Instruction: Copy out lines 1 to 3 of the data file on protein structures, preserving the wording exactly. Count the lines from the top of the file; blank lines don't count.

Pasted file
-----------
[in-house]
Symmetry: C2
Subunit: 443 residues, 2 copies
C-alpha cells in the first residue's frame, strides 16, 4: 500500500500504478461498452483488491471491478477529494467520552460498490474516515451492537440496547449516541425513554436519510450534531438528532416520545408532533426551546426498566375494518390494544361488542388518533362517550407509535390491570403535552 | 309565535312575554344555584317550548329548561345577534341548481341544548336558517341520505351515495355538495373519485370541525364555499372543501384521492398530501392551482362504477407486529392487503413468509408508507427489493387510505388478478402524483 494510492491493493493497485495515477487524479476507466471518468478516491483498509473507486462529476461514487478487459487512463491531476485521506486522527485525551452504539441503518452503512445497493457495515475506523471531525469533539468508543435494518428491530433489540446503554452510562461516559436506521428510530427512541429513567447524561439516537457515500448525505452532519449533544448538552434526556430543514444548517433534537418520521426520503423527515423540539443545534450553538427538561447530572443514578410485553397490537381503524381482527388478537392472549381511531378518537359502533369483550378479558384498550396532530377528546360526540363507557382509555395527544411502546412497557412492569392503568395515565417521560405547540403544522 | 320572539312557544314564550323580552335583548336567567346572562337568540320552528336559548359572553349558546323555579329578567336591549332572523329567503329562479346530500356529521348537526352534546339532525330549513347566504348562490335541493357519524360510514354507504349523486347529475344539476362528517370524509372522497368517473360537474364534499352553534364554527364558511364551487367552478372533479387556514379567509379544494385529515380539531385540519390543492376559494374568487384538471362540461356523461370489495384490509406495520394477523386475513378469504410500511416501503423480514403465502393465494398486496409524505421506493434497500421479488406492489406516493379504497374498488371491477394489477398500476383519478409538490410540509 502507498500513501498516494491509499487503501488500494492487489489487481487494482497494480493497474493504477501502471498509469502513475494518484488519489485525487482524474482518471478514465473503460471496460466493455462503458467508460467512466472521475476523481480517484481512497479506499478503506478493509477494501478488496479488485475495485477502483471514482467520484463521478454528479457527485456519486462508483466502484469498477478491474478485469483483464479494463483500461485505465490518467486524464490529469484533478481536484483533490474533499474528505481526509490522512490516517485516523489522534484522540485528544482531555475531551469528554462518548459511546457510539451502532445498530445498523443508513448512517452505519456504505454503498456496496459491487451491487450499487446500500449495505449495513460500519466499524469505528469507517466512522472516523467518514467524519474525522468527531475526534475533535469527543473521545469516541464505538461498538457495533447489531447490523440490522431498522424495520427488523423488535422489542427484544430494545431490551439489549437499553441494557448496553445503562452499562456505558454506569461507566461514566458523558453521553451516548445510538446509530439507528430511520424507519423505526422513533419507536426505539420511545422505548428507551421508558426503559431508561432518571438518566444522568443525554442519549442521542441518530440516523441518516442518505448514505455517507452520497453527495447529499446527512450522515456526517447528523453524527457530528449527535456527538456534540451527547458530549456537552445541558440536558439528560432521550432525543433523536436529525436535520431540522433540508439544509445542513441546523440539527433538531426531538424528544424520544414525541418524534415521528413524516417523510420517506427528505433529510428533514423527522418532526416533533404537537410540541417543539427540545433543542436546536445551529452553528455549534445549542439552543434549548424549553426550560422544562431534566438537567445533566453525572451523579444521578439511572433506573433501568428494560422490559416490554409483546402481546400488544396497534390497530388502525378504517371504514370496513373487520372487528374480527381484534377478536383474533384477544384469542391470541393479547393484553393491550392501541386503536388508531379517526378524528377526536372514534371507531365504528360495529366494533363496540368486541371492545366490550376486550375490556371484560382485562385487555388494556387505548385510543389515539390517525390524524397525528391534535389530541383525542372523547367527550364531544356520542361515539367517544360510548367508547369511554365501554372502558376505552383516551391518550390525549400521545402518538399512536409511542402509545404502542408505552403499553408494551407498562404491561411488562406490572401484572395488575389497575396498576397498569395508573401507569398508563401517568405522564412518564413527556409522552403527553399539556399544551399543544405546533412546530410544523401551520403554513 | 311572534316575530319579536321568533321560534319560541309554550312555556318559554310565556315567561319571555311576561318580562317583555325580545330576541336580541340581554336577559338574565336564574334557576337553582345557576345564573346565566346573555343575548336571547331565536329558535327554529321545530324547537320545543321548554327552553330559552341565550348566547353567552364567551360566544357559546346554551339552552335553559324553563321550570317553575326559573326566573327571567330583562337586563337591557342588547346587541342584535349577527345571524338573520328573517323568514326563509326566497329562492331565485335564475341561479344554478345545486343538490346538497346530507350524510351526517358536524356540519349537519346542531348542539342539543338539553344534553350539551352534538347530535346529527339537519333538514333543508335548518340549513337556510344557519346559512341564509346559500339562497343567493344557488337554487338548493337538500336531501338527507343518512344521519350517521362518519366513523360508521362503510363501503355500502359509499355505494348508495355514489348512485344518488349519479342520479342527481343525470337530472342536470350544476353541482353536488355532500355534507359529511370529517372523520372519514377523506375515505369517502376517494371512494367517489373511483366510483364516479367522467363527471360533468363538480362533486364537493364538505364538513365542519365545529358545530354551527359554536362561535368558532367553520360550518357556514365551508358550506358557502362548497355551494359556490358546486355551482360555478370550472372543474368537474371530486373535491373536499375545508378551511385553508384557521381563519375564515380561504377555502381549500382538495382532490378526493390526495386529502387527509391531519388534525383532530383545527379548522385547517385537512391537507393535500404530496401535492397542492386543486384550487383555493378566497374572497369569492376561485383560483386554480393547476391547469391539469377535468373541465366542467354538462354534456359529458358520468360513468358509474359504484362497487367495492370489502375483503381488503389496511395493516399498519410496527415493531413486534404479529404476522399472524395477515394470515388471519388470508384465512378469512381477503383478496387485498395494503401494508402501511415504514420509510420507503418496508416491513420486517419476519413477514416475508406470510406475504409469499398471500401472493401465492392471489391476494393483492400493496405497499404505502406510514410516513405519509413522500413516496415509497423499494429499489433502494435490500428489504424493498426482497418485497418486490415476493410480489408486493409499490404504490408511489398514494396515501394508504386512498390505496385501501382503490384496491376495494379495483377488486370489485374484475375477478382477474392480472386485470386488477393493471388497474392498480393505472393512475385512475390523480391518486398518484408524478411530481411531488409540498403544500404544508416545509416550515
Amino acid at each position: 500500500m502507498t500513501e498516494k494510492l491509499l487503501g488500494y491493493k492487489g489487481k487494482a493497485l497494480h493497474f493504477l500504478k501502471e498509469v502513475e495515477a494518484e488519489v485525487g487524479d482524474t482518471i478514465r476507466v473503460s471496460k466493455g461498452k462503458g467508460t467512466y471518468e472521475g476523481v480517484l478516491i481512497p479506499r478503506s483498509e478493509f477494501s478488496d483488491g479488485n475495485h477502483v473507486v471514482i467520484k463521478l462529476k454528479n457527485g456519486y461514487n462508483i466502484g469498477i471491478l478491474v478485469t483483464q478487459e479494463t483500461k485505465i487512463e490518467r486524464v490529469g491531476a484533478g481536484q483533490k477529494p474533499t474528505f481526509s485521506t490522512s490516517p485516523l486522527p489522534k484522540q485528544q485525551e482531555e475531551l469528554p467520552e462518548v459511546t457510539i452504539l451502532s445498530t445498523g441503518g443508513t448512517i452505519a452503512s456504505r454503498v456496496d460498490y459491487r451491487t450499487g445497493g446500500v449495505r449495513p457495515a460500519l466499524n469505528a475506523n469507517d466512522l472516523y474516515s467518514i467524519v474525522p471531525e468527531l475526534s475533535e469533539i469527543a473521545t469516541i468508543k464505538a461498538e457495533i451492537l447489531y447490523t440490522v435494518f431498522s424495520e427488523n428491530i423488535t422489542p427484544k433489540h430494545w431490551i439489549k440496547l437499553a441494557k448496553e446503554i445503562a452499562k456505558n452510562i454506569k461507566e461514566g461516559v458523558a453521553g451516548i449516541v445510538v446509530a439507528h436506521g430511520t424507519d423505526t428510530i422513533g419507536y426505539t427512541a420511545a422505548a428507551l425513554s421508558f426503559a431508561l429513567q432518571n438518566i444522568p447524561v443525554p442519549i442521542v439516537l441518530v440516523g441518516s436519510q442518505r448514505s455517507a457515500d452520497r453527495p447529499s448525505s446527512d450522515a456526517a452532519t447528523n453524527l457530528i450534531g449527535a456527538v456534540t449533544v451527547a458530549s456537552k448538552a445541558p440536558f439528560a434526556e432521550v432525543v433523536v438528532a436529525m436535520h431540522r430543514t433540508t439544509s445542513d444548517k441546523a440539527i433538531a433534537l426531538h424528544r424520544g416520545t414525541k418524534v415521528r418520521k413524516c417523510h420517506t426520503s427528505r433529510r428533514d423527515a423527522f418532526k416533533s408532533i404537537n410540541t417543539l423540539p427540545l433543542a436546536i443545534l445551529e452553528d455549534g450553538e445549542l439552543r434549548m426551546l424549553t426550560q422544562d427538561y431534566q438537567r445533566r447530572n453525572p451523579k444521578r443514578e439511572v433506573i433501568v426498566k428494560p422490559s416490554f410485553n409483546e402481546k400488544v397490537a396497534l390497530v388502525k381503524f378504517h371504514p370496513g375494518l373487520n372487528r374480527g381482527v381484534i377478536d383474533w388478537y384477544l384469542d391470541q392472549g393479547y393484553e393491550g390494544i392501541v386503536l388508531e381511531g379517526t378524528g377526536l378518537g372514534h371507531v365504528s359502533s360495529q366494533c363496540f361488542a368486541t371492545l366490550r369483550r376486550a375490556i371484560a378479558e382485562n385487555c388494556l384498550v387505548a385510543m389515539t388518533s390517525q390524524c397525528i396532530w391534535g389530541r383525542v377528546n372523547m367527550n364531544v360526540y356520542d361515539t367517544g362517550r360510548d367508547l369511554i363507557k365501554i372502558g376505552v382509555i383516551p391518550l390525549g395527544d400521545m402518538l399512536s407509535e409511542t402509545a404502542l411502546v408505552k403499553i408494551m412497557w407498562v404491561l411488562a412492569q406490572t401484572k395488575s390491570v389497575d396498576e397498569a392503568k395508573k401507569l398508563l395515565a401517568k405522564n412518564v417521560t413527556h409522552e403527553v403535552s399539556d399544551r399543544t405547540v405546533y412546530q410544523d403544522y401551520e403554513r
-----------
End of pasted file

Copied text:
[in-house]
Symmetry: C2
Subunit: 443 residues, 2 copies